10 Questions with Red Rock Micro's Brian Valente

October 18th, 2009 Jump to Comment Section


10 Questions with Red Rock Micro’s Brian Valente.

1. How did Red Rock Micro begin?

RRM was started approx 7 years ago. We were a group of avid indie filmmakers disappointed by the cost of quality production equipment, and appalled at the quality of low cost equipment. We felt there must be a better solution for people who don’t want to compromise on quality but can’t afford to spend more on accessories than they did on their camera. As a result our mission has been to create quality cinema accessories that are affordable for normal human beings to own.

2. How does RedRock Micro come up with it’s designs?

We do all our designs in house in our facilities in Texas. We spend a lot of time talking to customers, getting customer feedback, and talking to industry professionals. Into that mix we add our own take on what’s needed, and of course include low price as one of our main product design criterias.

3. What is the manufacturing process?

There isn’t a simple answer for that! We have many steps in our manufacturing processes, and it varies depending on the product we are creating. In general, we do our machining in house, each product goes through a finishing process such as deburring, polishing, applying textures and anodizing, and then a rigorous quality control process.

4. How many units have you sold to date?

We don’t disclose specific numbers. We can say we have many thousands of customers worldwide.

5. Why is Red Rock Micro Better?

This boils down to our mission – create great quality cinema accessories that normal human beings can afford to own. If that’s what you want, then we are the best there is for that. For example when we were developing our M2 cinema lens adapter through public forums, many people said it couldn’t be done for our target price of around $1,000. The next closest solution was well over $10,000. We proved we could do it, and we got many customers and won several awards as a result. The microMatteBox is another great example. We produce a mattebox that has no equivalent in the marketplace at the price point we offer it – around $700 for a complete solution. The next comparable product is close to $5,000 for a similarly configured product.

6. You were able to capitalize on the ever growing HDSLR market, how did you know?

We had a long history with our M2 cinema lens adapter, that allows digital video to achieve the shallow depth of field and 35mm lens interchangeability previously only available in motion picture film. When we first saw the Nikon D90 (the first HDSLR product to come to market) we knew exactly what the potential could be, even though the execution is a first generation. It just went from there. We feel very fortunate to be the very first to market with cinema rigs that address the physical shortcomings of HDSLR cameras to turn them into something really great to work with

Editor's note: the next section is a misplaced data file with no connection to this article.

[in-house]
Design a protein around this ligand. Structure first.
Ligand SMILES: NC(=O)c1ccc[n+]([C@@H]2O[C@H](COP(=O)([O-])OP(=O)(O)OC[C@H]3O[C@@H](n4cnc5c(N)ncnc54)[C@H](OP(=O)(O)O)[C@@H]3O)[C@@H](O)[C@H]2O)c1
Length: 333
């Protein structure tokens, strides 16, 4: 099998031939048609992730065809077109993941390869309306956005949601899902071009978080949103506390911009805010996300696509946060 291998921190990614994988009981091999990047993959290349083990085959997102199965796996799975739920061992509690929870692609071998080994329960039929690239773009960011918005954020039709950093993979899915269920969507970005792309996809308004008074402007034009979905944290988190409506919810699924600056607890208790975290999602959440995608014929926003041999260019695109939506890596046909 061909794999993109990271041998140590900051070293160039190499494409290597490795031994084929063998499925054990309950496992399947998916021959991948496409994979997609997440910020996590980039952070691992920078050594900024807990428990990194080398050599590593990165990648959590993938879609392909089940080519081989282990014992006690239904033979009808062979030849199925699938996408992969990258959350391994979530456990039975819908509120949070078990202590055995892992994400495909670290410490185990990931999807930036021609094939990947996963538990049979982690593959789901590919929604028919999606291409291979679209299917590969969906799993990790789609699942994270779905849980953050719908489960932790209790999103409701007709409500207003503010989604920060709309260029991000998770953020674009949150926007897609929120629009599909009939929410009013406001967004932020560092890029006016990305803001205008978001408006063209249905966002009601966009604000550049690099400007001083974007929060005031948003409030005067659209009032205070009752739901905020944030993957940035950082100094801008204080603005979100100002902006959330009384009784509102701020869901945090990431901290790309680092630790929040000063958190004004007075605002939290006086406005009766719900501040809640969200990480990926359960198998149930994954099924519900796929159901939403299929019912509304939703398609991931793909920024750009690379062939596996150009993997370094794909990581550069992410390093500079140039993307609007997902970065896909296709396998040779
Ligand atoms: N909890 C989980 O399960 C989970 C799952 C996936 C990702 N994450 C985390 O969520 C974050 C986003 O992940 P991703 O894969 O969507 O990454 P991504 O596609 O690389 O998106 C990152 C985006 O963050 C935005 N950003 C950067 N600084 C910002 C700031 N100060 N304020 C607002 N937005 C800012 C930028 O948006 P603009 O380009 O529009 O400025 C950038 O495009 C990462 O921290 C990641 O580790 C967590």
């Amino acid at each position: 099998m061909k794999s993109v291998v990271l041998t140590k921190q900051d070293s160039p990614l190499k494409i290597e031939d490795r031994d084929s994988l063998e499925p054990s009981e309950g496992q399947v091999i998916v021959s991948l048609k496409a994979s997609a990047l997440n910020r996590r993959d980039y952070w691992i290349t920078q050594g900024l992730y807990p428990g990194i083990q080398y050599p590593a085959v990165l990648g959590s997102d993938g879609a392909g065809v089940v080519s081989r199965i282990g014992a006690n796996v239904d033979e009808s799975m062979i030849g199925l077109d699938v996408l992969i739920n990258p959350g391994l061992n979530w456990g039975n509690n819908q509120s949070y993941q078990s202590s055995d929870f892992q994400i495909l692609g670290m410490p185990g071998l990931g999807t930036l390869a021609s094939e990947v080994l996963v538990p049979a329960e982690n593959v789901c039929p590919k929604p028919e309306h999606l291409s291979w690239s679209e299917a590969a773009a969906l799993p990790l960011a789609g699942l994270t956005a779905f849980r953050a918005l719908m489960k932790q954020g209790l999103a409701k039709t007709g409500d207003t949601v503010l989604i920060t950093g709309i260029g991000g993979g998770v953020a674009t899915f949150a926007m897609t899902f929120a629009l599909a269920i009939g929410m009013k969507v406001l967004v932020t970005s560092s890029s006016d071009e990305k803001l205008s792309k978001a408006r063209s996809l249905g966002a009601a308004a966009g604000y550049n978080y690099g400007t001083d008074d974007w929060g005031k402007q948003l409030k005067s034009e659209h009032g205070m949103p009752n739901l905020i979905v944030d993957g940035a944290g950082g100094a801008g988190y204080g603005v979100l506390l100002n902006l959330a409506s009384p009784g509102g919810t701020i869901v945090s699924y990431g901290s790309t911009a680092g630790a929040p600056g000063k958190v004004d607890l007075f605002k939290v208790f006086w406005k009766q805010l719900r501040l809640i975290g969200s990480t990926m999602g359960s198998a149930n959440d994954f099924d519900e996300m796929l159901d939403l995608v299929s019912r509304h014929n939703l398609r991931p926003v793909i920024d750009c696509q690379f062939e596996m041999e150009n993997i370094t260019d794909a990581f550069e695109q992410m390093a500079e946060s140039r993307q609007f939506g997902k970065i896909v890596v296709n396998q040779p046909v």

7. How are you making a profit?

We sell cinema accessories. We have extremely low overhead, so we don’t need to make a lot of profit, and we like to say we keep the money in our customers pocket.

8. I got to use the new carbon fiber rod system, how much lighter is it?
**Brian responded to this question previously.

Carbon fiber is 66% lighter than stainless steel. That’s 1/3 the weight. The CF rods (and the new offset) are available as upgrades and can be purchased separately.

9.Where is Red Rock Micro going in the future?

There are still so many cinema accessories that cost too much, and the options are really limited. Anytime you see a ridiculous price tag for a piece of production gear that seems like it should be a lot less, chances are we have seen it and are working on something. We have already announced our microRemote wireless remote follow focus, which is being worked on as we speak.

10.Where can someone give feedback to Red Rock Micro?

Anywhere you see us – online, at shows, in forums, etc. you can give us feedback – we really appreciate people who take the time to offer us suggestions, improvements, congratulations, feedback, etc. The simplest way is to send us an email to [email protected]

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